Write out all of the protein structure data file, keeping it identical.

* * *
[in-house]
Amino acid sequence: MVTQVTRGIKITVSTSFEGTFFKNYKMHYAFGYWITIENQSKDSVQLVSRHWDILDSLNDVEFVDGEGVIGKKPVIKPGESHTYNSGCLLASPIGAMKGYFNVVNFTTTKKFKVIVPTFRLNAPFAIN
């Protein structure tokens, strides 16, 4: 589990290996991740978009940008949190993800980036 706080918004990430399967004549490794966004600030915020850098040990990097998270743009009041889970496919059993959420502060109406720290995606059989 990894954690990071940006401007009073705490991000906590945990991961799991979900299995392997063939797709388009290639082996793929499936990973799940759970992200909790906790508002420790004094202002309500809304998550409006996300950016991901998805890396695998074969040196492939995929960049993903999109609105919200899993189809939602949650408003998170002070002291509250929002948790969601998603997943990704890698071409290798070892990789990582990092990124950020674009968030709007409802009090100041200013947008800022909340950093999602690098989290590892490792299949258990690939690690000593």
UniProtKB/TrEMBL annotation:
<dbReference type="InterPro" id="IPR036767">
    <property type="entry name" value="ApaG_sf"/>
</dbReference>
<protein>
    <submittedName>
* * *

[in-house]
Amino acid sequence: MVTQVTRGIKITVSTSFEGTFFKNYKMHYAFGYWITIENQSKDSVQLVSRHWDILDSLNDVEFVDGEGVIGKKPVIKPGESHTYNSGCLLASPIGAMKGYFNVVNFTTTKKFKVIVPTFRLNAPFAIN
């Protein structure tokens, strides 16, 4: 589990290996991740978009940008949190993800980036 706080918004990430399967004549490794966004600030915020850098040990990097998270743009009041889970496919059993959420502060109406720290995606059989 990894954690990071940006401007009073705490991000906590945990991961799991979900299995392997063939797709388009290639082996793929499936990973799940759970992200909790906790508002420790004094202002309500809304998550409006996300950016991901998805890396695998074969040196492939995929960049993903999109609105919200899993189809939602949650408003998170002070002291509250929002948790969601998603997943990704890698071409290798070892990789990582990092990124950020674009968030709007409802009090100041200013947008800022909340950093999602690098989290590892490792299949258990690939690690000593």
UniProtKB/TrEMBL annotation:
<dbReference type="InterPro" id="IPR036767">
    <property type="entry name" value="ApaG_sf"/>
</dbReference>
<protein>
    <submittedName>